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Boko Haram Gives Jonathan 78 hrs Ultimatum

Listen to article can reveal that the Nigerian terrorist and insurgent group, Boko Haram has issued a 78 hours ultimatum to President Goodluck Jonathan to have a closed door meeting with members of the sect. An unidentified caller on Africa Independent Television (AIT), allegedly speaking on behalf of the Islamist terrorist group had on Saturday specified the sect's readiness to negotiate truce terms with President Goodluck Jonathan.  

  'We want Dr Jonathan one on one. No police, no nothing. And if he doesn't address us in the next 78 hours, we are going to strike and th5is time around; we are coming to Abuja and Lagos. We are not hiding it; we are going to see to it.'  

  The call has however reinforced the advice by the secretary general of the Nigerian Supreme Council of Islamic Affairs (NSCIA), Dr Lateef Adegbite that the Federal Government should urgently negotiate with the sect, having claimed responsibility for several bombings and gun attacks in parts of Northern Nigeria.  

  But it is recalled that the Prelate of Methodist Church Nigeria, Dr Sunday Ola Makinde, asked Jonathan to be courageous in the face of the security challenge posed by the Boko Haram sect.  

  Although, the Presidency is yet to speak out on the new development, the Minister of Interior, Comrade Abba Moro, has called on Nigerians to stand up against all entreaties from the terrorist group which has caused wanton killings and destruction in the country.  

  The alleged Boko Haram caller posited that 'We want many, many things. First of all, when (former President) Obasanjo visited our brother, Mohammed Yussuf's family to make arrangement for us to make an agreement, when he left, soldiers arrested our brother and handed him to the SSS and the police had to kill our brother.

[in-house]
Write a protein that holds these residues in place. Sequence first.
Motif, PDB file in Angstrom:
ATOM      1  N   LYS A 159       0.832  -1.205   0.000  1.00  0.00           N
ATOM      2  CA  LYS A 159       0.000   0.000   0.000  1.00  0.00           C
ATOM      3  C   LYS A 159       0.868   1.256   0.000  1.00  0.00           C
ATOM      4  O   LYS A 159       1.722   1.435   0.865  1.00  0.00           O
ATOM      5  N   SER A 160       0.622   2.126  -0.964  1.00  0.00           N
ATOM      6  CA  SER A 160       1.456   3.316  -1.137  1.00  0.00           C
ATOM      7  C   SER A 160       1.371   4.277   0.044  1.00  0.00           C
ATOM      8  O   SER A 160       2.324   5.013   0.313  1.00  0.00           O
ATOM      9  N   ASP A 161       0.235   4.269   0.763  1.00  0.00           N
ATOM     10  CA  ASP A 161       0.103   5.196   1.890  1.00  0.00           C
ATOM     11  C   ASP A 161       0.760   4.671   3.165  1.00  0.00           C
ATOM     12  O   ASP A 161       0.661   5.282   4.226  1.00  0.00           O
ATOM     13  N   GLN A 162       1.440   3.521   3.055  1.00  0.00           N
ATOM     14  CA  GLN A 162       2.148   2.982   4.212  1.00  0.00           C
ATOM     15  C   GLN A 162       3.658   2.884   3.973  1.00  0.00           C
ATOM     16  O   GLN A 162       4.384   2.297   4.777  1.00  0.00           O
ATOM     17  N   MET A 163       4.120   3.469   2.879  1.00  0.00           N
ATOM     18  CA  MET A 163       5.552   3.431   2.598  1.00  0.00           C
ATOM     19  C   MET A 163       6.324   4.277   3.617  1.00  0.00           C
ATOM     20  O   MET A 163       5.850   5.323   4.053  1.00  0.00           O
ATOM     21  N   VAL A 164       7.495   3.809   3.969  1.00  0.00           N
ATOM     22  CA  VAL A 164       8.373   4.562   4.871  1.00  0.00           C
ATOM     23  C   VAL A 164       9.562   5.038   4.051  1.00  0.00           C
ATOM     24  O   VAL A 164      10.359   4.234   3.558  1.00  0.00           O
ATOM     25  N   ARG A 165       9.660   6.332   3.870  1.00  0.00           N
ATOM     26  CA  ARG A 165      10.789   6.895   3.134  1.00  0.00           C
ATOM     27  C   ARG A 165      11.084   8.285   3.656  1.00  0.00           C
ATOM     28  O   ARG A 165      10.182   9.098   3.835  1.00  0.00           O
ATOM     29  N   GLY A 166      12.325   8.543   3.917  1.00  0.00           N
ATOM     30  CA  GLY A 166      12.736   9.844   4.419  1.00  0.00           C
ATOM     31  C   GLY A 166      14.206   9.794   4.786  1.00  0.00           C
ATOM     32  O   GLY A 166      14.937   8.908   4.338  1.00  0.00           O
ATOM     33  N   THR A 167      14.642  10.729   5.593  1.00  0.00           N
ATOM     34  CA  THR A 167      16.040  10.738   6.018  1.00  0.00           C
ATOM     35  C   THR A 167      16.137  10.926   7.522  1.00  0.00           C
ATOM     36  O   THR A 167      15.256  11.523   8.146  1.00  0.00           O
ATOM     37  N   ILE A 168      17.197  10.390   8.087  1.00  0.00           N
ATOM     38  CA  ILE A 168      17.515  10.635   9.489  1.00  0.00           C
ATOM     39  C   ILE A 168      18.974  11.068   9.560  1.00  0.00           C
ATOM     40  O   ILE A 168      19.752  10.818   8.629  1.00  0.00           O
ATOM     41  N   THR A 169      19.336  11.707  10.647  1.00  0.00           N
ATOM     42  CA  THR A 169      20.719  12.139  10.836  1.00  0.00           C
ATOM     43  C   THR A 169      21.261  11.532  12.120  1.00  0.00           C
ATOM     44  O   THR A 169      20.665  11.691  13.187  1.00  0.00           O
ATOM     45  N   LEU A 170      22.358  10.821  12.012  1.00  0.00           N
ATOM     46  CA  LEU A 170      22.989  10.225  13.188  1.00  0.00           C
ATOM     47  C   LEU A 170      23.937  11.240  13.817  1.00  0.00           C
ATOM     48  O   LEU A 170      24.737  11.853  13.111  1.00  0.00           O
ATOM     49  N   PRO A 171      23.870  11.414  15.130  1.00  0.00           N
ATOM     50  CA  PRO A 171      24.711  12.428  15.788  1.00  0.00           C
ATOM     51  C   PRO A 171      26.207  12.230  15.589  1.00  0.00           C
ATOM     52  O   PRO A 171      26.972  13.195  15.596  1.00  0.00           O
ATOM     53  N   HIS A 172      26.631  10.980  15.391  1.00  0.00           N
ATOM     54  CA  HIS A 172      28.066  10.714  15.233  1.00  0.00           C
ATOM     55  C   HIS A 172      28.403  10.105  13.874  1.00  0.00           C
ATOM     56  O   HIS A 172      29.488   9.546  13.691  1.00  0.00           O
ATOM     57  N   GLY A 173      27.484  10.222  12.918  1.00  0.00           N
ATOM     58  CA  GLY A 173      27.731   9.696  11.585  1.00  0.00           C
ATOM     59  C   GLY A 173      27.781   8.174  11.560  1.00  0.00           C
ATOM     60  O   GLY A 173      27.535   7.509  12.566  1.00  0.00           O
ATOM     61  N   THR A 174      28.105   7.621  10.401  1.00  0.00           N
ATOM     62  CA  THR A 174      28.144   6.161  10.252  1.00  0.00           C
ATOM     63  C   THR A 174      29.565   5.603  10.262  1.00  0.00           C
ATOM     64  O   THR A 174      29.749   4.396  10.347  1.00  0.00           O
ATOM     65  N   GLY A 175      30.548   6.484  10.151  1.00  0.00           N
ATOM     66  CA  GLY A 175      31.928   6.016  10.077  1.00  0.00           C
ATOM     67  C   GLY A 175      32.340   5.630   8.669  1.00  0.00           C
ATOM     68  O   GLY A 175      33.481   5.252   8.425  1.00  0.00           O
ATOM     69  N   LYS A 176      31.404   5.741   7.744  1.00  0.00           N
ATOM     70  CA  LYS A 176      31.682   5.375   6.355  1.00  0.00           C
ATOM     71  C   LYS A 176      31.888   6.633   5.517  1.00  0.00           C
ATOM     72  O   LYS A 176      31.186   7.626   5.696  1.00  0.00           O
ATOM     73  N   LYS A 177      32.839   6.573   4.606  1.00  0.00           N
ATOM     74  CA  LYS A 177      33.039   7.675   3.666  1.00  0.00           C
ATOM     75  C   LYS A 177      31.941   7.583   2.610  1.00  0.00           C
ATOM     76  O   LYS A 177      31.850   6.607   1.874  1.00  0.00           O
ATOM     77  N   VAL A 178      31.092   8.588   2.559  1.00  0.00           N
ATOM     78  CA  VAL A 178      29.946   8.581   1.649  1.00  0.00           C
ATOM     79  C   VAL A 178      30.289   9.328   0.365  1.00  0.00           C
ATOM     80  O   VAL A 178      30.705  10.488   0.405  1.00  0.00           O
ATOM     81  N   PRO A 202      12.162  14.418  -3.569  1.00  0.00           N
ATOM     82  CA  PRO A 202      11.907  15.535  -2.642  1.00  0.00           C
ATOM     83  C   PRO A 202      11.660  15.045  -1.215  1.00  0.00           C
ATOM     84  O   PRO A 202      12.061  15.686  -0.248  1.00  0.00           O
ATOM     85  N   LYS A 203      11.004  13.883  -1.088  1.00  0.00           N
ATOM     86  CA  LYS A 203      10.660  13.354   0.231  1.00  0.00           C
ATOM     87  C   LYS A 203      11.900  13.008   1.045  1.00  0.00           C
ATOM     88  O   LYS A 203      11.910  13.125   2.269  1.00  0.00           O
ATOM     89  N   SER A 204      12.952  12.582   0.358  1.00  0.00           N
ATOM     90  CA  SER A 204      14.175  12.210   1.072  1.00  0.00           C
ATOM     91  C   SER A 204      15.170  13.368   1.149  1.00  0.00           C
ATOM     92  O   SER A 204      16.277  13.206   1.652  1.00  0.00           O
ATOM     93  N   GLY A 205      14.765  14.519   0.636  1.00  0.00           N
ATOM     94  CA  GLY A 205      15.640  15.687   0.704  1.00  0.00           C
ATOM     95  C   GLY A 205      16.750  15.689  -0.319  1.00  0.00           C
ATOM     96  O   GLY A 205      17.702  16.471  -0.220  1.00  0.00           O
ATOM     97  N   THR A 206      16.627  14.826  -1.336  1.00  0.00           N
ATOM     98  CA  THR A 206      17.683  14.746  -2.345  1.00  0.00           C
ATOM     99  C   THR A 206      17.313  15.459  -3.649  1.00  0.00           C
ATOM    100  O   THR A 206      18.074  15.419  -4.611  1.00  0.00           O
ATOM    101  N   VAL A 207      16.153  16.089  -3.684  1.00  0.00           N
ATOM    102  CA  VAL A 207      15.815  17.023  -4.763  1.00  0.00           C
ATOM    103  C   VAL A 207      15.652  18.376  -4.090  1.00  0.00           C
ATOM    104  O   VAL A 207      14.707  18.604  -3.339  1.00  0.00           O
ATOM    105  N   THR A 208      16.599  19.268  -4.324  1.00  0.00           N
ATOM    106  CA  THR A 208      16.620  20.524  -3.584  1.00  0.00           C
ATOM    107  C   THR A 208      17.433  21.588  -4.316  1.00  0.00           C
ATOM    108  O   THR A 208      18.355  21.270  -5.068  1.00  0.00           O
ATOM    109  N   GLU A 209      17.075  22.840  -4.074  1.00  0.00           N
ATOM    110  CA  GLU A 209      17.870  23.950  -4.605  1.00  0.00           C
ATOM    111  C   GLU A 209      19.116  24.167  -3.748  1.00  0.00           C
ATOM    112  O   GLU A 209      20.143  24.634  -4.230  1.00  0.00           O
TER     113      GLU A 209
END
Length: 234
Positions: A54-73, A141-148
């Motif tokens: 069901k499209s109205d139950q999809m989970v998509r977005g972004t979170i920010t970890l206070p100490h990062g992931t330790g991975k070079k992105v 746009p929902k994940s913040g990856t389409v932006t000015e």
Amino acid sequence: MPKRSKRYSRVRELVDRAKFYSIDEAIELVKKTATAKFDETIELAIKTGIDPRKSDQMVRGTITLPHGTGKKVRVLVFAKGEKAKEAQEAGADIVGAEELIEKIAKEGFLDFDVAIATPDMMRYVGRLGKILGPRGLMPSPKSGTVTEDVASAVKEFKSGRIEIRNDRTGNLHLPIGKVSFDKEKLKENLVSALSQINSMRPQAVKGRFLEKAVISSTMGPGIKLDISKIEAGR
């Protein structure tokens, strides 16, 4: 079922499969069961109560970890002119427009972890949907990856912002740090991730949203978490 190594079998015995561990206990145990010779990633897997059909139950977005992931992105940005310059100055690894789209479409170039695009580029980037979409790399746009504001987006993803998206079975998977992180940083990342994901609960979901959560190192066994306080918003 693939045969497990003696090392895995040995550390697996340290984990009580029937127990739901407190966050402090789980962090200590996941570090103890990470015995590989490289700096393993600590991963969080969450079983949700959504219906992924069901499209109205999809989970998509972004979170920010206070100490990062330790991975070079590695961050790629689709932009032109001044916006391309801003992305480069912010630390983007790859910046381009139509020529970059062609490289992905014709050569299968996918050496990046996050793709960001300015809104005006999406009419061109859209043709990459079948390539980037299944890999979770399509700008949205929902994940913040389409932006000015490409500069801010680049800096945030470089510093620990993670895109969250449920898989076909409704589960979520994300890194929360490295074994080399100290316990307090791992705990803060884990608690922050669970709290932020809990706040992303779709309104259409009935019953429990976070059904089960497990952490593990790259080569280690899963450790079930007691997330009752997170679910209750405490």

'I am going to summarize what we want. Firstly, release some people he (the president) arrested.  

  Secondly, if Jonathan wants to cooperate with us, he must follow what the letter we sent to…. He must accept to our proposal which we demand. He knows what we want. Second…..You know…. the application of Sharia Islamic law … (in the North) and the reason he permitted …and how our members who were detained.  

  '…Ali Modu Sherrif, Alhaji Abubakar, and all must be arrested; former Minister of Police Affairs and Mr. Ibrahim Yakubu must be arrested.  

  'So, now, I will tell you what we want so that we can stop our riots: we want Dr. Jonathan one on one. We want to meet him one on one. No police, nothing …nothing. And if he doesn't address us in the next 78 hours, we are going to strike and, this time around, we are coming to Abuja and Lagos. We are not hiding it; we are going to see to it.  And this time around, it is not something that we are going to take easy. Because…..He knows what our problem was…do you understand me?'  

  'They are the ones causing our riot…it's a problem, and if he wants to make negotiations with us directly here, two conditions: First, he must come to Yobe State, with no police or security with him…Second, he must appear at AIT station, we will put a number, he will call us and we will tell him our reason. We want to talk to him openly, we want the public to know what the problem is, and we don't want to say something privately. We want it openly.'  

  Recall that the NSCIA scribe, Adegbite, last week, advocated dialogue by government, among other measures, in the efforts to tackle Boko Haram insurgency.